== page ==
There are an estimated 20,000 ISIS fighters remaining in Iraq and Syria, and it will take “years, if not decades” to train the necessary forces in Iraq and Syria to keep the terrorist group at bay, according to a quarterly report to Congress from the State Department’s Inspector General on Operation Inherent Resolve. The report also found that ISIS has continued to move underground and solidify as an insurgency in Iraq and Syria.
The report found that it will take a generation of coalition advisers and that it will take a generation of Iraqi officers with “continuous exposure to Coalition advisers” who will remain in Iraq “as long as needed.”
“The DoD (Department of Defense) said that the ISF (Iraqi Security Forces) is ‘years, if not decades’ away from ending its reliance on Coalition assistance. According to the DoD, the ISF remains heavily reliant on Coalition forces to gather intelligence and conduct surveillance and reconnaissance operations,” says the report.
“The DoD reported to the DoD OIG that Iraq’s security forces continued to exhibit systemic weaknesses this quarter, including poor intelligence fusion, operational insecurity, ongoing corruption, and overly centralized leadership, among other problems.”
Key Observations and Developments in Operation Inherent Resolve This Quarter:
- The DoD, the DoS, and a monitoring committee’s report to the United Nations stated that ISIS has largely evolved from a land-holding terrorist entity to an insurgency with a network of clandestine cells.
- ISIS still holds pockets of territory east of the Euphrates River between Hajin and Abu Kamal in Syria, and the DoD stated that U.S.-backed Syrian Democratic Forces face a difficult fight against ISIS near Hajin.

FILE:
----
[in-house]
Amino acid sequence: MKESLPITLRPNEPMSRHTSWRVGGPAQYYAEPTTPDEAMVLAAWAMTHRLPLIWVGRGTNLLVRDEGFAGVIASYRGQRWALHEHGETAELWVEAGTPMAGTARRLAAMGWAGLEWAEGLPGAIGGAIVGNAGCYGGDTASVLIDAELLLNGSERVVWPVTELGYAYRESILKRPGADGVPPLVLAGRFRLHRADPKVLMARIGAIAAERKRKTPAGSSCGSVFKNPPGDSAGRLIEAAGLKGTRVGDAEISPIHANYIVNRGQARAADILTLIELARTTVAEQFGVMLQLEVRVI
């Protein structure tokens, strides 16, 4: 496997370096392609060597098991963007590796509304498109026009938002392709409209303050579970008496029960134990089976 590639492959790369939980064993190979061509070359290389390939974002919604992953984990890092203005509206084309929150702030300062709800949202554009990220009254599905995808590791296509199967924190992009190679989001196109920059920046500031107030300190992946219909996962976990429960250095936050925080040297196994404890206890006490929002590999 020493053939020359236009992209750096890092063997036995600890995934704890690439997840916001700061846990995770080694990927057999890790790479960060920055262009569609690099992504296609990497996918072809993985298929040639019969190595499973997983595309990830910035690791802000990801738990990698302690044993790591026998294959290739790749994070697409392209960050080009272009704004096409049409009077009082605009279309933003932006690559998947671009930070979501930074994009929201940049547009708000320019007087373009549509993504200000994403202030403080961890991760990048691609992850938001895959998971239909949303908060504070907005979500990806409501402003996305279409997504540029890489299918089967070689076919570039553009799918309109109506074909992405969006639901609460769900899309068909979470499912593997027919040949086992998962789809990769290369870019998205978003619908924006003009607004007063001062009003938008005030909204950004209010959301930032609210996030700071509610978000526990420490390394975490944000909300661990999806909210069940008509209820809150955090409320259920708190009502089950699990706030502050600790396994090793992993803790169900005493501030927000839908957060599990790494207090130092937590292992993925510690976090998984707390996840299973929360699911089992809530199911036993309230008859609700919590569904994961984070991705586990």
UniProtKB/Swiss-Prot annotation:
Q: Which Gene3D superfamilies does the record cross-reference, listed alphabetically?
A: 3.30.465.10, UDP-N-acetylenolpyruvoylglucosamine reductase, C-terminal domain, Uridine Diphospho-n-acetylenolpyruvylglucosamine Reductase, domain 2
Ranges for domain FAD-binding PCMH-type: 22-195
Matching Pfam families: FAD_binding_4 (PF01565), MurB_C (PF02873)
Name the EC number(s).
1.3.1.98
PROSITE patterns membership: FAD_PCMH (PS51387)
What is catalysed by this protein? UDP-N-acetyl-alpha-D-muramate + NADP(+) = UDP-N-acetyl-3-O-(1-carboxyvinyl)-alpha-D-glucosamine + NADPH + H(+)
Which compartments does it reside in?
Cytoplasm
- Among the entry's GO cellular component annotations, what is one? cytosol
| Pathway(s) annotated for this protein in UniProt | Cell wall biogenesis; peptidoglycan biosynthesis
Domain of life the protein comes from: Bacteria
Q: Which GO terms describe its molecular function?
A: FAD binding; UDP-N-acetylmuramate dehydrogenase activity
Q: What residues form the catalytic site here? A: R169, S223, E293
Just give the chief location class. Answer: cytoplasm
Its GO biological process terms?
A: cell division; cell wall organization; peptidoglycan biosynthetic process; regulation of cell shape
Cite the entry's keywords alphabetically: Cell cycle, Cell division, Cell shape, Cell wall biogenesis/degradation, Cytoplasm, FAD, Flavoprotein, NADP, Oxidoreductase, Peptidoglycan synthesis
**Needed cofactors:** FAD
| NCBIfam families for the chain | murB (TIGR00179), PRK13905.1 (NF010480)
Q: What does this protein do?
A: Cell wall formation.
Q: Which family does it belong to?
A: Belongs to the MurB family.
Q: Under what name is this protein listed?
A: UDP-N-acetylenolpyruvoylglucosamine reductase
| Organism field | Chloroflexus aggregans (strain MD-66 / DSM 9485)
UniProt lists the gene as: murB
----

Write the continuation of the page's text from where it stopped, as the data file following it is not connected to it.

- Clearing terrorists from remote and largely ungoverned terrain is a slow and difficult process, and eliminating ISIS from rural Iraq and Syria could take years.
- ISIS remained most active in Iraq along a crescent of territory stretching from Anbar province in the west to Diyala province in the east, where desert and mountainous terrain facilitated insurgent operations.
- National Security Adviser John Bolton stated that U.S. forces would remain in Syria as long as Iranian and Iranian-proxy forces remain outside of Iran, while the DoD stated that its basis for its presence in Syria remains the “enduring defeat” of ISIS.
- Iraq’s Supreme Court ratified the results of the May 12 parliamentary elections, and the new parliament announced a new speaker and president. The president then designated a prime minister.
- The United States temporarily suspended operations at the U.S. Consulate in Basrah as Iran increased threats against U.S. personnel. Street protests had turned violent as well.
- The DoD reported that the ISF continues to exhibit systemic weaknesses in intelligence fusion and use, organizational management, and command and control processes.
- The DoD cautioned that it could take decades for the ISF to be self-reliant.
- About 1.9 million Iraqis remain internally displaced, and their pace of returning home is slowing.
- The U.S. Government placed renewed emphasis on helping vulnerable ethnic and religious minorities in Iraq, including Christian and Yazidi populations. often lacked access to evidence against them or were denied communication with an attorney prior to trial.